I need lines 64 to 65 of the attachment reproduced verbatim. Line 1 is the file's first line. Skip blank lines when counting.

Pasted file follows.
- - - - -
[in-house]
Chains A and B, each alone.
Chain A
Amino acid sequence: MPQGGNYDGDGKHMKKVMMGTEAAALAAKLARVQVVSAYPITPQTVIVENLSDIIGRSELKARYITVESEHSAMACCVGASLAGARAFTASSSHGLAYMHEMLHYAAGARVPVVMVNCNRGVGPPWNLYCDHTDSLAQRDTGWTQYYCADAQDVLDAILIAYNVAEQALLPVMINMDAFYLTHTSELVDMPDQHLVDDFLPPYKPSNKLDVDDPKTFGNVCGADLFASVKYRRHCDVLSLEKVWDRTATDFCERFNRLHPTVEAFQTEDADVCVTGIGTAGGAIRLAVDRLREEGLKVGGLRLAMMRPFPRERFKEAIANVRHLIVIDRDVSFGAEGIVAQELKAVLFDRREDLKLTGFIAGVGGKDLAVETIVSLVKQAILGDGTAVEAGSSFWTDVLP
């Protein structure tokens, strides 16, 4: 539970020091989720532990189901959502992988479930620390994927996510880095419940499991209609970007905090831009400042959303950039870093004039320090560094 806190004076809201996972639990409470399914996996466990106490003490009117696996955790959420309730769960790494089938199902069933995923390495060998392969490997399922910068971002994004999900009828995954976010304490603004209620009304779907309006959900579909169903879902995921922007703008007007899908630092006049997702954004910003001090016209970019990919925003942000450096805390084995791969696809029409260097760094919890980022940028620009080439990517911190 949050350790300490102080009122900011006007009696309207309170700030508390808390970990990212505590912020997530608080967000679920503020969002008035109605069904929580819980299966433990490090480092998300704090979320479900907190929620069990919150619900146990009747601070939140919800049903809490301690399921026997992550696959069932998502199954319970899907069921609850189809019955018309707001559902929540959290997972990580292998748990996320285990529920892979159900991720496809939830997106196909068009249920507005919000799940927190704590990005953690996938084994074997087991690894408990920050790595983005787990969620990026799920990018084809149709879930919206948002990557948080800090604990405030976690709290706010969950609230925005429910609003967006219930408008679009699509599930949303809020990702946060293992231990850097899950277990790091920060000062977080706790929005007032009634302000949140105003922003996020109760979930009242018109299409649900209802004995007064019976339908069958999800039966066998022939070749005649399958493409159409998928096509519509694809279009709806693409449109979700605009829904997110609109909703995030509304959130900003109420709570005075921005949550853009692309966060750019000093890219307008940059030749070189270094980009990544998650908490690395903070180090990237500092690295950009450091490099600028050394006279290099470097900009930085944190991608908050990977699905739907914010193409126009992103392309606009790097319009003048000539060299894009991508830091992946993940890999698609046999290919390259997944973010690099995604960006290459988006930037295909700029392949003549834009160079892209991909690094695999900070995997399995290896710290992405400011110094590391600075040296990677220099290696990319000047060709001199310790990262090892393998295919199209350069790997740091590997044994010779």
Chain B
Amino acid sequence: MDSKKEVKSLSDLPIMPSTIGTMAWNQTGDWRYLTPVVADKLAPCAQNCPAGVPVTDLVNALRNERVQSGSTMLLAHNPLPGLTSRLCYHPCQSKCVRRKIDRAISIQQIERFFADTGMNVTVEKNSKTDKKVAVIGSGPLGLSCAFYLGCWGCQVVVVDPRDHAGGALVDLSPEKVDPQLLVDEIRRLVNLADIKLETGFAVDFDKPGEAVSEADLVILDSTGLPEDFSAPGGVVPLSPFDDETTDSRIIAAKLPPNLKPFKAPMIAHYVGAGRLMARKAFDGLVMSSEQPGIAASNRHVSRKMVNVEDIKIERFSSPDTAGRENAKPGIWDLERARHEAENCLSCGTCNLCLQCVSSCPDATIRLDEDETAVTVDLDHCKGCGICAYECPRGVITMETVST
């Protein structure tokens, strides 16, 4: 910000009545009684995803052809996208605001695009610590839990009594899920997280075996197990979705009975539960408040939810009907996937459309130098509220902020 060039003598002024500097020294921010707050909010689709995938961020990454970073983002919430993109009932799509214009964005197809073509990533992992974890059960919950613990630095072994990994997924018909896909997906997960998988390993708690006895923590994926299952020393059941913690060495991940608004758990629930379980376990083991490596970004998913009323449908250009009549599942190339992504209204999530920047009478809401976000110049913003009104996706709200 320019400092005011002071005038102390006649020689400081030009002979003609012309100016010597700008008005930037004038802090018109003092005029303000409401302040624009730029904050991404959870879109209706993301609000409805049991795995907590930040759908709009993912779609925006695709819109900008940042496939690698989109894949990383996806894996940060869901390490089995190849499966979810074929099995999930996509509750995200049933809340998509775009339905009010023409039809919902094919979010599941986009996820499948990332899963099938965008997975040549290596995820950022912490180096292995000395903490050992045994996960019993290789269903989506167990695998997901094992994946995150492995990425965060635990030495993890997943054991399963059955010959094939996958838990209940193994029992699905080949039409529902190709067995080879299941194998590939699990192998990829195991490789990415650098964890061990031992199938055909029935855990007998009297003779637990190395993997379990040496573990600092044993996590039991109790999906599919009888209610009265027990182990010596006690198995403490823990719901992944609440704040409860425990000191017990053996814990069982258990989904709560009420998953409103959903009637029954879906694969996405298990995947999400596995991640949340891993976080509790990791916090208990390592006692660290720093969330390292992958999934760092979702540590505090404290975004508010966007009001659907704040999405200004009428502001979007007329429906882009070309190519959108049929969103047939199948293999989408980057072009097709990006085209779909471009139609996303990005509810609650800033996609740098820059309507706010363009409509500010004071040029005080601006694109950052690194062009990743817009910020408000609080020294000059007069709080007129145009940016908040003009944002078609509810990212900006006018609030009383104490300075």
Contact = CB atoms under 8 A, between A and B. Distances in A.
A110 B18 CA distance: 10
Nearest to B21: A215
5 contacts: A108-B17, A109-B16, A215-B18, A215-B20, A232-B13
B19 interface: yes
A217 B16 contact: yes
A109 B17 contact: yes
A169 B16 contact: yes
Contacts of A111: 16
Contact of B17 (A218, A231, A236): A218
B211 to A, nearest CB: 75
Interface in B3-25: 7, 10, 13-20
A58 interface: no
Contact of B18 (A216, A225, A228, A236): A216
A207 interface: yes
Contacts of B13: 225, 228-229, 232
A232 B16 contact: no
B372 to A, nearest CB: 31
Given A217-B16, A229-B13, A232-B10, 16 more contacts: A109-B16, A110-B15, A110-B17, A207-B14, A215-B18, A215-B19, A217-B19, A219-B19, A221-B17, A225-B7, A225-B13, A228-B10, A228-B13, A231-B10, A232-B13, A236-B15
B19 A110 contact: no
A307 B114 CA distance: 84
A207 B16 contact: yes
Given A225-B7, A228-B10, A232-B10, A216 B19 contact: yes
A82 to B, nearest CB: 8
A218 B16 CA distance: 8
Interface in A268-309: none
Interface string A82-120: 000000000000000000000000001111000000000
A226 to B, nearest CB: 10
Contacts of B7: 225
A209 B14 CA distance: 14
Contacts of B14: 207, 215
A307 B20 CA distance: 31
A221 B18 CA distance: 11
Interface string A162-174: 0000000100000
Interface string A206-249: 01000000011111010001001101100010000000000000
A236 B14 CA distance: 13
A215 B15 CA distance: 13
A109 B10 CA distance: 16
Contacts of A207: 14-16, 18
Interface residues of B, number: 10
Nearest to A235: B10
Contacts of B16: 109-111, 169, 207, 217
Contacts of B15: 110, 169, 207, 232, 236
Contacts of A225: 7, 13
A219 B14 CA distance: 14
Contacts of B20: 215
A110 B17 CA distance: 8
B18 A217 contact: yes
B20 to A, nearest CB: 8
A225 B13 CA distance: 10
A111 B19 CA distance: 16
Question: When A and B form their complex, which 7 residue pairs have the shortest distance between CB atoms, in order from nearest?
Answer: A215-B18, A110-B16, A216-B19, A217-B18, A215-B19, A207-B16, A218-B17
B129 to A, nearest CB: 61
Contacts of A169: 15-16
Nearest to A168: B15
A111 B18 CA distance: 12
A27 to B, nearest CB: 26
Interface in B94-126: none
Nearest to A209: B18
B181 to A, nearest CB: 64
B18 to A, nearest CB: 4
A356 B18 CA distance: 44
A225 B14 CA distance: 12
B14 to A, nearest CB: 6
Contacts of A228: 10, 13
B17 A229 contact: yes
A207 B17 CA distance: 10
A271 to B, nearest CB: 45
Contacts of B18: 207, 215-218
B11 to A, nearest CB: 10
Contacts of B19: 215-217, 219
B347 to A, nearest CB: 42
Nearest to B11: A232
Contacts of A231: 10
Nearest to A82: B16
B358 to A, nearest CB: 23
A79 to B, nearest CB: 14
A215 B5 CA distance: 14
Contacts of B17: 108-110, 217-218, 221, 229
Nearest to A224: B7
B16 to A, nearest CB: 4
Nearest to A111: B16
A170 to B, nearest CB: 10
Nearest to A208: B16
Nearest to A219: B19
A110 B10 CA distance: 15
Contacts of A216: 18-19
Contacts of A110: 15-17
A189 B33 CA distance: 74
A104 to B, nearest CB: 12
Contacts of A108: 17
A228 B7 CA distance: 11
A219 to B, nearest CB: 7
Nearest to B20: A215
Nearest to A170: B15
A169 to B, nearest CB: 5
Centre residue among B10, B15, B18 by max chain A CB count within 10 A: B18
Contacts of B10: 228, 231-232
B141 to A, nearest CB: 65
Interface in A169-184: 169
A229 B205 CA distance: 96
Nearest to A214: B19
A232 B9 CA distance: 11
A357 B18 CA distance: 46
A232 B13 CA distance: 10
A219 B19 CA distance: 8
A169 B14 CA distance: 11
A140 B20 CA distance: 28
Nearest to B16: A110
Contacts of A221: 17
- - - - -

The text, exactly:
Nearest to A168: B15
A111 B18 CA distance: 12